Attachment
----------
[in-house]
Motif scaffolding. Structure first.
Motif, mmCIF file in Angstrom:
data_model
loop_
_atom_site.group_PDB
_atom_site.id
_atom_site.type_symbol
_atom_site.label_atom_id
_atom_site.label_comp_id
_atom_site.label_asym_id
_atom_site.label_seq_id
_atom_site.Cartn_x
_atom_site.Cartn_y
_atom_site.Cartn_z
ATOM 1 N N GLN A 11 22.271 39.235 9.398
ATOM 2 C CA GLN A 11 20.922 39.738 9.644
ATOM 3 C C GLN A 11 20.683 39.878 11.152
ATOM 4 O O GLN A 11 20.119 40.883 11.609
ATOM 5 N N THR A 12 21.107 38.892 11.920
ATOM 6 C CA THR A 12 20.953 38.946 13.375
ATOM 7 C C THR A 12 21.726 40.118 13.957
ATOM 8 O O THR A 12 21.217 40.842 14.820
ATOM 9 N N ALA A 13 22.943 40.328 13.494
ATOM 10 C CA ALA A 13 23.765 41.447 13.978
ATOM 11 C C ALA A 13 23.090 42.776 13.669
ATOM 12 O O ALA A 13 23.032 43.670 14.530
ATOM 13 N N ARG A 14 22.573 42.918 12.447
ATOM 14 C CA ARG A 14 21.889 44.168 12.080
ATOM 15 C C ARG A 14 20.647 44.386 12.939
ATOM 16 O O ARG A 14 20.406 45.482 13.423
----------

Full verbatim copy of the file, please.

[in-house]
Motif scaffolding. Structure first.
Motif, mmCIF file in Angstrom:
data_model
loop_
_atom_site.group_PDB
_atom_site.id
_atom_site.type_symbol
_atom_site.label_atom_id
_atom_site.label_comp_id
_atom_site.label_asym_id
_atom_site.label_seq_id
_atom_site.Cartn_x
_atom_site.Cartn_y
_atom_site.Cartn_z
ATOM 1 N N GLN A 11 22.271 39.235 9.398
ATOM 2 C CA GLN A 11 20.922 39.738 9.644
ATOM 3 C C GLN A 11 20.683 39.878 11.152
ATOM 4 O O GLN A 11 20.119 40.883 11.609
ATOM 5 N N THR A 12 21.107 38.892 11.920
ATOM 6 C CA THR A 12 20.953 38.946 13.375
ATOM 7 C C THR A 12 21.726 40.118 13.957
ATOM 8 O O THR A 12 21.217 40.842 14.820
ATOM 9 N N ALA A 13 22.943 40.328 13.494
ATOM 10 C CA ALA A 13 23.765 41.447 13.978
ATOM 11 C C ALA A 13 23.090 42.776 13.669
ATOM 12 O O ALA A 13 23.032 43.670 14.530
ATOM 13 N N ARG A 14 22.573 42.918 12.447
ATOM 14 C CA ARG A 14 21.889 44.168 12.080
ATOM 15 C C ARG A 14 20.647 44.386 12.939
ATOM 16 O O ARG A 14 20.406 45.482 13.423